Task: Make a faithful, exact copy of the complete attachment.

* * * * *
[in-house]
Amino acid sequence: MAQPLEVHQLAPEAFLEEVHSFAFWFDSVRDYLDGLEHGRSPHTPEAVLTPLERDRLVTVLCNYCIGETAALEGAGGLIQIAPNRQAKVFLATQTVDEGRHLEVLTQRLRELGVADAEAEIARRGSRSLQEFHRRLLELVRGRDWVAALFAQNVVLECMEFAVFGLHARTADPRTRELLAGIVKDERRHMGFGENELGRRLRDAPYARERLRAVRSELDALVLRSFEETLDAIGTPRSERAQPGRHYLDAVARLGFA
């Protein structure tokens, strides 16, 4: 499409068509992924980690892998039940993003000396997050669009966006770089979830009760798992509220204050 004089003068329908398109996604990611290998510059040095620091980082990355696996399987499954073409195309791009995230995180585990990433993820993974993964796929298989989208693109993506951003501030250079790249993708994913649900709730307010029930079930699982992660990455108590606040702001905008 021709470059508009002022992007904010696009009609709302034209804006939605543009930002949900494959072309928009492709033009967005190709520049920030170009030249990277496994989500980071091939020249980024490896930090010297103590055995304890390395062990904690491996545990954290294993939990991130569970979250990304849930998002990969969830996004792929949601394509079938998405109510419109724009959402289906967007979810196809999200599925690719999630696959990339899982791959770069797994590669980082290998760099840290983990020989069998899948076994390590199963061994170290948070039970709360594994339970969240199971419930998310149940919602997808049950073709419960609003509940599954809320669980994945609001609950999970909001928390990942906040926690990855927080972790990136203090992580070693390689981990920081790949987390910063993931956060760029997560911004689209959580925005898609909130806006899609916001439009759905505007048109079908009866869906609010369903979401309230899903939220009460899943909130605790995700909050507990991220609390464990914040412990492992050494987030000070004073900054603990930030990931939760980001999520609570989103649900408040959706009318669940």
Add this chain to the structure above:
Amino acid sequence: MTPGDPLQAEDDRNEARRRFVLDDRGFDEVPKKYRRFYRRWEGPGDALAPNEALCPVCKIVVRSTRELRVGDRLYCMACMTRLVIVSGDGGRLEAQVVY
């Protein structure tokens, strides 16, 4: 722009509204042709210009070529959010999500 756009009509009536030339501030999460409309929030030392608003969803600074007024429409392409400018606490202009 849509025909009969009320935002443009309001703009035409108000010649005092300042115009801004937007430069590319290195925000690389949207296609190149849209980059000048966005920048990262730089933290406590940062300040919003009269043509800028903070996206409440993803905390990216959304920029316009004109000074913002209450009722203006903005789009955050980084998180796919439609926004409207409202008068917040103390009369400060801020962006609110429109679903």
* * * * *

[in-house]
Amino acid sequence: MAQPLEVHQLAPEAFLEEVHSFAFWFDSVRDYLDGLEHGRSPHTPEAVLTPLERDRLVTVLCNYCIGETAALEGAGGLIQIAPNRQAKVFLATQTVDEGRHLEVLTQRLRELGVADAEAEIARRGSRSLQEFHRRLLELVRGRDWVAALFAQNVVLECMEFAVFGLHARTADPRTRELLAGIVKDERRHMGFGENELGRRLRDAPYARERLRAVRSELDALVLRSFEETLDAIGTPRSERAQPGRHYLDAVARLGFA
């Protein structure tokens, strides 16, 4: 499409068509992924980690892998039940993003000396997050669009966006770089979830009760798992509220204050 004089003068329908398109996604990611290998510059040095620091980082990355696996399987499954073409195309791009995230995180585990990433993820993974993964796929298989989208693109993506951003501030250079790249993708994913649900709730307010029930079930699982992660990455108590606040702001905008 021709470059508009002022992007904010696009009609709302034209804006939605543009930002949900494959072309928009492709033009967005190709520049920030170009030249990277496994989500980071091939020249980024490896930090010297103590055995304890390395062990904690491996545990954290294993939990991130569970979250990304849930998002990969969830996004792929949601394509079938998405109510419109724009959402289906967007979810196809999200599925690719999630696959990339899982791959770069797994590669980082290998760099840290983990020989069998899948076994390590199963061994170290948070039970709360594994339970969240199971419930998310149940919602997808049950073709419960609003509940599954809320669980994945609001609950999970909001928390990942906040926690990855927080972790990136203090992580070693390689981990920081790949987390910063993931956060760029997560911004689209959580925005898609909130806006899609916001439009759905505007048109079908009866869906609010369903979401309230899903939220009460899943909130605790995700909050507990991220609390464990914040412990492992050494987030000070004073900054603990930030990931939760980001999520609570989103649900408040959706009318669940």
Add this chain to the structure above:
Amino acid sequence: MTPGDPLQAEDDRNEARRRFVLDDRGFDEVPKKYRRFYRRWEGPGDALAPNEALCPVCKIVVRSTRELRVGDRLYCMACMTRLVIVSGDGGRLEAQVVY
């Protein structure tokens, strides 16, 4: 722009509204042709210009070529959010999500 756009009509009536030339501030999460409309929030030392608003969803600074007024429409392409400018606490202009 849509025909009969009320935002443009309001703009035409108000010649005092300042115009801004937007430069590319290195925000690389949207296609190149849209980059000048966005920048990262730089933290406590940062300040919003009269043509800028903070996206409440993803905390990216959304920029316009004109000074913002209450009722203006903005789009955050980084998180796919439609926004409207409202008068917040103390009369400060801020962006609110429109679903």